Evaluation of the Aromatase Inhibition Potential of Freeze-Dried Grape Powder

Research output: Contribution to journalArticle

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Abstract

Objective: To determine the role of freeze-dried grapes as a potential aromatase inhibitor by testing of plasma hormone levels. Methods: A six-week study was conducted involving postmenopausal women during which 94 g of freeze-dried grape powder was consumed in addition to their usual diet. Plasma hormones were measured before and after the treatment. Results: Of the 18 women involved in the study, average age and body mass index were 61.4 years and 24.4 respectively. For the hormone levels studied, the following median (interquartile range) percentage changes from baseline to six-week values were found: estradiol +11.8% (-34.4%, +44.2%), p =.42; estrone +3.4% (-15.7%, +12.9%), p =.64; estrone sulfate +5.3% (-19.9%, +56.3%), p =.35; testosterone-1.5% (-14.7%, +10.7%), p =.97; and androstenedione +12.6% (-17.1%, +49.1%), p =.15. The hormone levels did not significantly change between baseline and six weeks. Further, the changes that were observed did not tend to go in the hypothesized direction (estrogens and conjugates increased slightly, and testosterone decreased slightly). Only androstenedione showed a trend toward change in the hypothesized direction. Conclusions: In this study, there was no evidence that plasma hormone levels are altered by six weeks of daily consumption of 94 g of freeze-dried grape powder.

Original languageEnglish (US)
Pages (from-to)373-382
Number of pages10
JournalJournal of Dietary Supplements
Volume12
Issue number4
DOIs
StatePublished - Oct 2 2015

Fingerprint

Aromatase
Vitis
Powders
grapes
powders
hormones
Hormones
androstenedione
estrone
Androstenedione
testosterone
Testosterone
Aromatase Inhibitors
Estrone
estrogens
body mass index
estradiol
Estradiol
sulfates
Estrogens

ASJC Scopus subject areas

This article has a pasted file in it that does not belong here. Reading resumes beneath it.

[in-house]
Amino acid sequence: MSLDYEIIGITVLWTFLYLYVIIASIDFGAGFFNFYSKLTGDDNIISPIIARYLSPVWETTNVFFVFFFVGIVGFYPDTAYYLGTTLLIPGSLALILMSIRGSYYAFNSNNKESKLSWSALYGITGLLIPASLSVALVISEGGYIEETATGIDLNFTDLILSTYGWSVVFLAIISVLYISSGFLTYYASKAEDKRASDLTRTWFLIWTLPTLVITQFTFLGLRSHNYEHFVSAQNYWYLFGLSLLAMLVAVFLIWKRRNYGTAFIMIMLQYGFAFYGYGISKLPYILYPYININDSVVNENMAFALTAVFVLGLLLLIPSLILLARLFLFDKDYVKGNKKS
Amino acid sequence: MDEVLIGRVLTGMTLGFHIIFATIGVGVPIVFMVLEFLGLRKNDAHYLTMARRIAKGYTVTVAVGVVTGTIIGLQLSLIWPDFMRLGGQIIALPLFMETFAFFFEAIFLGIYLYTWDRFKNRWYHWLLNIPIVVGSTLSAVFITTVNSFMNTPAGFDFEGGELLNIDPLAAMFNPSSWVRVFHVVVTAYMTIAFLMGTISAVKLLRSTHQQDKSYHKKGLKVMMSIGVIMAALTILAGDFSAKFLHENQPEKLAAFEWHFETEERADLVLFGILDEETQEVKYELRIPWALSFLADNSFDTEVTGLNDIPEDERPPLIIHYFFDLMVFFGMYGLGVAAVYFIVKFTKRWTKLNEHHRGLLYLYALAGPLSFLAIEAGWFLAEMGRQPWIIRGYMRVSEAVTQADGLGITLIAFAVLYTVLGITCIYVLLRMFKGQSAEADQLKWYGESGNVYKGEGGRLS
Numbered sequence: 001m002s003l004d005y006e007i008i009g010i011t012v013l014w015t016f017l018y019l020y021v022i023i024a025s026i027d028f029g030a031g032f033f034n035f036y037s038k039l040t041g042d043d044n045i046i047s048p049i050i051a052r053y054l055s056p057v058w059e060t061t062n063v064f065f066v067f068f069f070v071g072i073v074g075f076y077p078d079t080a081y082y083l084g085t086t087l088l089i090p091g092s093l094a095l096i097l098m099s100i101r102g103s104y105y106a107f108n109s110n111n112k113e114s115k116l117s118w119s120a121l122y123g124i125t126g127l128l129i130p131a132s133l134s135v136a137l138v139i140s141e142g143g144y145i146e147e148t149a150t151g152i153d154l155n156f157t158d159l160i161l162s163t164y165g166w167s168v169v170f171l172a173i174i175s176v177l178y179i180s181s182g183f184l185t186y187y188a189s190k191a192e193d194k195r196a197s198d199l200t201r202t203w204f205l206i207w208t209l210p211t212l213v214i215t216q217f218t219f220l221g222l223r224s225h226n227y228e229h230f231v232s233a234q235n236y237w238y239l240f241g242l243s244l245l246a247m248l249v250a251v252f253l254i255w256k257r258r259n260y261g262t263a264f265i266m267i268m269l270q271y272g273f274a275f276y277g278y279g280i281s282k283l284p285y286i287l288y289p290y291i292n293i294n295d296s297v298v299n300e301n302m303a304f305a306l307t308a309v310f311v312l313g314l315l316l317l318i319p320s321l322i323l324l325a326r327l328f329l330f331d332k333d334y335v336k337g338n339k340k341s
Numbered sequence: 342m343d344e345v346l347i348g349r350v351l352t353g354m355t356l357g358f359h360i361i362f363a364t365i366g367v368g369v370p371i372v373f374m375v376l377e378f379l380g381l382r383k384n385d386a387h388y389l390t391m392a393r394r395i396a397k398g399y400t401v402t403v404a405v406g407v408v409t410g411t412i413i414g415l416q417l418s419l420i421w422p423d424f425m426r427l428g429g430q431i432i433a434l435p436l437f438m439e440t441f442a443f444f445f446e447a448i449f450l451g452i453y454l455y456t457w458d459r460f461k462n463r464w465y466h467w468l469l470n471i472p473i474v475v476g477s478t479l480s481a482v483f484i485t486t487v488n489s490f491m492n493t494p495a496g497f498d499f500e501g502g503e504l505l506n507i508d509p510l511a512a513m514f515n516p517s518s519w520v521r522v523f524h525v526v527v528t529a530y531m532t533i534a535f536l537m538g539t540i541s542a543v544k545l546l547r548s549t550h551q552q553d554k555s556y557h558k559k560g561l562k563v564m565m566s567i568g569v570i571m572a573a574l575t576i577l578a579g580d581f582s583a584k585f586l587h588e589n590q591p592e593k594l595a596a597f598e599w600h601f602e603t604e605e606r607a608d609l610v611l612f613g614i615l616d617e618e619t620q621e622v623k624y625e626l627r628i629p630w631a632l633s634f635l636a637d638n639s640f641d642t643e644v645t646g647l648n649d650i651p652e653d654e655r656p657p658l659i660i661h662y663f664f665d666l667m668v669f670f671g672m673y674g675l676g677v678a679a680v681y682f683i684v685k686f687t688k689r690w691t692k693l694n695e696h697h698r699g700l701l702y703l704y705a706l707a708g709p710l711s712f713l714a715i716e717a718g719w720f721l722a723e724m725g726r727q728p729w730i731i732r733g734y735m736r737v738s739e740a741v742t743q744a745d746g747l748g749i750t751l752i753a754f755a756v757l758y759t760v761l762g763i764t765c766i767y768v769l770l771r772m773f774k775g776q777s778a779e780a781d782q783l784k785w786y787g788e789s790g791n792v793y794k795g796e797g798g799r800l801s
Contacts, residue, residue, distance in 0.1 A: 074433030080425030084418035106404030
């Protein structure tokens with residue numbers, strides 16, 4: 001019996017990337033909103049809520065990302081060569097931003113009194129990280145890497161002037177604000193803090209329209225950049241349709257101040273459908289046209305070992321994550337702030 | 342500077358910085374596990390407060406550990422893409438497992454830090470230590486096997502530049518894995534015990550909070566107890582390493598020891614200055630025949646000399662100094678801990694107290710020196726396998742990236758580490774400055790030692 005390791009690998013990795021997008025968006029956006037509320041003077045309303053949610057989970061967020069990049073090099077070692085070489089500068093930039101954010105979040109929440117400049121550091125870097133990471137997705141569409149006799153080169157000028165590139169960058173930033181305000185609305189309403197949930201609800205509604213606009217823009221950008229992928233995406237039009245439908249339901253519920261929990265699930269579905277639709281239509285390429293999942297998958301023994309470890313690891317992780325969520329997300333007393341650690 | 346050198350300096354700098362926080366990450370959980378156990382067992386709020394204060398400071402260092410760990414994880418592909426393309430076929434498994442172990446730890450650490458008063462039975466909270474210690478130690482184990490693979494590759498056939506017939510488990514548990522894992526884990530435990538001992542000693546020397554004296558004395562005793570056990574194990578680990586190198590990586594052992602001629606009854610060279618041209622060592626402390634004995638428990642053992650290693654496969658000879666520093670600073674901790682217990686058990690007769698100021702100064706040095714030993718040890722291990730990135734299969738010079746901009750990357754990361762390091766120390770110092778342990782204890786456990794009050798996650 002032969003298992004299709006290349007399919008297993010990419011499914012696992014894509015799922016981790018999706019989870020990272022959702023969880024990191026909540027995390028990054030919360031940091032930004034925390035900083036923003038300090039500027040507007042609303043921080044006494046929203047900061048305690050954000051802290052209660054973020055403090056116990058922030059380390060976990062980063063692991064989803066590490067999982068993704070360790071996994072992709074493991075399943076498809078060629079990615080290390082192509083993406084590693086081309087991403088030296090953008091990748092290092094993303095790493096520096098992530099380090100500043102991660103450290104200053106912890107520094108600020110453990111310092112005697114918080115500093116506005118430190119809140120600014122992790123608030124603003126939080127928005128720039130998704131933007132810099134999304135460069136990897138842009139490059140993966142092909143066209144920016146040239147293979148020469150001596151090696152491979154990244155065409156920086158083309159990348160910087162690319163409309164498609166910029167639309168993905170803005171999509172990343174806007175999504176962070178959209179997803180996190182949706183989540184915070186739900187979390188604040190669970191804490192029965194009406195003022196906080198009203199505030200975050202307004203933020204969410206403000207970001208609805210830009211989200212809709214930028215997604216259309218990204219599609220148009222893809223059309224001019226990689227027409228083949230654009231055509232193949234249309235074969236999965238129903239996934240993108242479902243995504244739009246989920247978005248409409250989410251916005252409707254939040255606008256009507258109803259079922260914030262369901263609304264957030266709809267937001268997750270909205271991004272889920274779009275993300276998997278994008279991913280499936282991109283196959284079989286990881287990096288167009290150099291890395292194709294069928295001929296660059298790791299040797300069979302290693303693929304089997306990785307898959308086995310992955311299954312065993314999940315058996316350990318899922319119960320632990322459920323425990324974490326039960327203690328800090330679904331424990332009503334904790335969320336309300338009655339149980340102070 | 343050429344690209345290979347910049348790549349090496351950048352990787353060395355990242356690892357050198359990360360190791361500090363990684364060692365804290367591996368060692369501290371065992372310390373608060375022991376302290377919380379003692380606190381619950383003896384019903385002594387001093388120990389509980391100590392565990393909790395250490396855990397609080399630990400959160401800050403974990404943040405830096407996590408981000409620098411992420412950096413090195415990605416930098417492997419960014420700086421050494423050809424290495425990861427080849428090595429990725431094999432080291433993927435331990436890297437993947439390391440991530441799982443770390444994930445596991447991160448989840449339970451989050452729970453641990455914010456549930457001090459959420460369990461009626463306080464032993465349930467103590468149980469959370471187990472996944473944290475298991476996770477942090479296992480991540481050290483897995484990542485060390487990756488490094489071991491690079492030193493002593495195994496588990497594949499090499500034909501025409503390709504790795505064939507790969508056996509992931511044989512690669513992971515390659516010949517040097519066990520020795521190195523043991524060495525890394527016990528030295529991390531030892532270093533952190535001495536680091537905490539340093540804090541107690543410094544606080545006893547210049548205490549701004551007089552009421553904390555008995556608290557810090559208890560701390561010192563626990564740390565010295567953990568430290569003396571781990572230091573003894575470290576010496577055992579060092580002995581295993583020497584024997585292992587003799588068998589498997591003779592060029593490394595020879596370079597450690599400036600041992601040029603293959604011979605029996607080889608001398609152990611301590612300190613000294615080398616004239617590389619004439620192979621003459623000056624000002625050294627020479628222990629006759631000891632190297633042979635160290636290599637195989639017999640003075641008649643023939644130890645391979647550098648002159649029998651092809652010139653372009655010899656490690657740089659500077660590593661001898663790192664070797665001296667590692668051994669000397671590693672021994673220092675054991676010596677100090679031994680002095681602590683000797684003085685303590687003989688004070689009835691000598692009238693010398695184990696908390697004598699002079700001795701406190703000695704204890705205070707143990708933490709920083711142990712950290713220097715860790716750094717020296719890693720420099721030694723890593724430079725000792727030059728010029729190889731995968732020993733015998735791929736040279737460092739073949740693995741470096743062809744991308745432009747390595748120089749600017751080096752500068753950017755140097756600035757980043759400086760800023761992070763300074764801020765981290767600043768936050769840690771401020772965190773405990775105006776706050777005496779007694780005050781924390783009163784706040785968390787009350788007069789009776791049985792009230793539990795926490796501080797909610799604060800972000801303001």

• Food Science
  • Nutrition and Dietetics
  • Pharmacology (medical)

Cite this

Evaluation of the Aromatase Inhibition Potential of Freeze-Dried Grape Powder. / Allen, Summer; Pruthi, Sandhya; Suman, Vera Jean; Hoskin, Tanya L.; Vachon, Celine M; Ingle, James N.; Olson, Janet E.

In: Journal of Dietary Supplements, Vol. 12, No. 4, 02.10.2015, p. 373-382.

Research output: Contribution to journalArticle

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abstract = "Objective: To determine the role of freeze-dried grapes as a potential aromatase inhibitor by testing of plasma hormone levels. Methods: A six-week study was conducted involving postmenopausal women during which 94 g of freeze-dried grape powder was consumed in addition to their usual diet. Plasma hormones were measured before and after the treatment. Results: Of the 18 women involved in the study, average age and body mass index were 61.4 years and 24.4 respectively. For the hormone levels studied, the following median (interquartile range) percentage changes from baseline to six-week values were found: estradiol +11.8{\%} (-34.4{\%}, +44.2{\%}), p =.42; estrone +3.4{\%} (-15.7{\%}, +12.9{\%}), p =.64; estrone sulfate +5.3{\%} (-19.9{\%}, +56.3{\%}), p =.35; testosterone-1.5{\%} (-14.7{\%}, +10.7{\%}), p =.97; and androstenedione +12.6{\%} (-17.1{\%}, +49.1{\%}), p =.15. The hormone levels did not significantly change between baseline and six weeks. Further, the changes that were observed did not tend to go in the hypothesized direction (estrogens and conjugates increased slightly, and testosterone decreased slightly). Only androstenedione showed a trend toward change in the hypothesized direction. Conclusions: In this study, there was no evidence that plasma hormone levels are altered by six weeks of daily consumption of 94 g of freeze-dried grape powder.",
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